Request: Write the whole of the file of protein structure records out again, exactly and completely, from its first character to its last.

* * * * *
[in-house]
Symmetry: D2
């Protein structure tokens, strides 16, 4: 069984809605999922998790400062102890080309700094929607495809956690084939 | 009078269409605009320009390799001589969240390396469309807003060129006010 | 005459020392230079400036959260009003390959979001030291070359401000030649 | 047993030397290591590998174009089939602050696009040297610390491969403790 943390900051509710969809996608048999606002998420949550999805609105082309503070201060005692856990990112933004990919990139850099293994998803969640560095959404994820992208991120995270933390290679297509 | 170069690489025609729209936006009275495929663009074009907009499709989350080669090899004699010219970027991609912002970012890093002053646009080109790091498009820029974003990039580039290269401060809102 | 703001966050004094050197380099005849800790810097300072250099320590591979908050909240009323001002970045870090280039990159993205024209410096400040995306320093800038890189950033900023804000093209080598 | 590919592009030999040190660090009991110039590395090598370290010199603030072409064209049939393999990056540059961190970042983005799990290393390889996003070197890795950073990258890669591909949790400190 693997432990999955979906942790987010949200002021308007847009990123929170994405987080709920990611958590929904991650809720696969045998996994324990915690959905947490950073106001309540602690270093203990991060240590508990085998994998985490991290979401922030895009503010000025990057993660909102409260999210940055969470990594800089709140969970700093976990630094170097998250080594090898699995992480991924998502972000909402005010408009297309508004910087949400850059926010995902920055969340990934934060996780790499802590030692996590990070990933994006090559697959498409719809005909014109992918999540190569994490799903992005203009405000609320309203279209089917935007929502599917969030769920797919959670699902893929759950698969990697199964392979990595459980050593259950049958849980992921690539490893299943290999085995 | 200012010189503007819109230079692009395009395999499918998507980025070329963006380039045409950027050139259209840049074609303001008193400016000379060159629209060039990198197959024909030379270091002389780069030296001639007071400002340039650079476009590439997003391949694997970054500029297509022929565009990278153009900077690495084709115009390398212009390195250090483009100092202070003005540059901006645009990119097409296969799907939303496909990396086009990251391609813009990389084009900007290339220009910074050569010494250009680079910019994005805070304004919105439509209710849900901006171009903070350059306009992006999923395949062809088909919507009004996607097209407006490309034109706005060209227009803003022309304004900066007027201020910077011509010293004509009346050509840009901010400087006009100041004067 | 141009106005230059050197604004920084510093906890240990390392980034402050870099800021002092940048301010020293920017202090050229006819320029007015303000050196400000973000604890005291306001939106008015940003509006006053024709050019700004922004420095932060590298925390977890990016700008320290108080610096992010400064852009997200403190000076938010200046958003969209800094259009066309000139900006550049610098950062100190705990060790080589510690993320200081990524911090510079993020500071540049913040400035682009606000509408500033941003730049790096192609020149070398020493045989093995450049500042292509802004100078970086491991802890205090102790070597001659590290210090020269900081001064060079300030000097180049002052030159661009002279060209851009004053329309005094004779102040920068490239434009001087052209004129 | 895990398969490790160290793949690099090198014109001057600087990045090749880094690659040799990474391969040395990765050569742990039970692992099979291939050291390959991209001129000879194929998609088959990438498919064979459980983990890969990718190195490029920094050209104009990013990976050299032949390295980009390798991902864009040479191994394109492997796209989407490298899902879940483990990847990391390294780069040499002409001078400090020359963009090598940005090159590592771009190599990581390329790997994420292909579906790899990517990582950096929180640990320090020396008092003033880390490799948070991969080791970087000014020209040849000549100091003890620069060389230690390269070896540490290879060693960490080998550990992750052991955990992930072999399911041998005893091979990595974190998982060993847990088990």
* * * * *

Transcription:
[in-house]
Symmetry: D2
């Protein structure tokens, strides 16, 4: 069984809605999922998790400062102890080309700094929607495809956690084939 | 009078269409605009320009390799001589969240390396469309807003060129006010 | 005459020392230079400036959260009003390959979001030291070359401000030649 | 047993030397290591590998174009089939602050696009040297610390491969403790 943390900051509710969809996608048999606002998420949550999805609105082309503070201060005692856990990112933004990919990139850099293994998803969640560095959404994820992208991120995270933390290679297509 | 170069690489025609729209936006009275495929663009074009907009499709989350080669090899004699010219970027991609912002970012890093002053646009080109790091498009820029974003990039580039290269401060809102 | 703001966050004094050197380099005849800790810097300072250099320590591979908050909240009323001002970045870090280039990159993205024209410096400040995306320093800038890189950033900023804000093209080598 | 590919592009030999040190660090009991110039590395090598370290010199603030072409064209049939393999990056540059961190970042983005799990290393390889996003070197890795950073990258890669591909949790400190 693997432990999955979906942790987010949200002021308007847009990123929170994405987080709920990611958590929904991650809720696969045998996994324990915690959905947490950073106001309540602690270093203990991060240590508990085998994998985490991290979401922030895009503010000025990057993660909102409260999210940055969470990594800089709140969970700093976990630094170097998250080594090898699995992480991924998502972000909402005010408009297309508004910087949400850059926010995902920055969340990934934060996780790499802590030692996590990070990933994006090559697959498409719809005909014109992918999540190569994490799903992005203009405000609320309203279209089917935007929502599917969030769920797919959670699902893929759950698969990697199964392979990595459980050593259950049958849980992921690539490893299943290999085995 | 200012010189503007819109230079692009395009395999499918998507980025070329963006380039045409950027050139259209840049074609303001008193400016000379060159629209060039990198197959024909030379270091002389780069030296001639007071400002340039650079476009590439997003391949694997970054500029297509022929565009990278153009900077690495084709115009390398212009390195250090483009100092202070003005540059901006645009990119097409296969799907939303496909990396086009990251391609813009990389084009900007290339220009910074050569010494250009680079910019994005805070304004919105439509209710849900901006171009903070350059306009992006999923395949062809088909919507009004996607097209407006490309034109706005060209227009803003022309304004900066007027201020910077011509010293004509009346050509840009901010400087006009100041004067 | 141009106005230059050197604004920084510093906890240990390392980034402050870099800021002092940048301010020293920017202090050229006819320029007015303000050196400000973000604890005291306001939106008015940003509006006053024709050019700004922004420095932060590298925390977890990016700008320290108080610096992010400064852009997200403190000076938010200046958003969209800094259009066309000139900006550049610098950062100190705990060790080589510690993320200081990524911090510079993020500071540049913040400035682009606000509408500033941003730049790096192609020149070398020493045989093995450049500042292509802004100078970086491991802890205090102790070597001659590290210090020269900081001064060079300030000097180049002052030159661009002279060209851009004053329309005094004779102040920068490239434009001087052209004129 | 895990398969490790160290793949690099090198014109001057600087990045090749880094690659040799990474391969040395990765050569742990039970692992099979291939050291390959991209001129000879194929998609088959990438498919064979459980983990890969990718190195490029920094050209104009990013990976050299032949390295980009390798991902864009040479191994394109492997796209989407490298899902879940483990990847990391390294780069040499002409001078400090020359963009090598940005090159590592771009190599990581390329790997994420292909579906790899990517990582950096929180640990320090020396008092003033880390490799948070991969080791970087000014020209040849000549100091003890620069060389230690390269070896540490290879060693960490080998550990992750052991955990992930072999399911041998005893091979990595974190998982060993847990088990």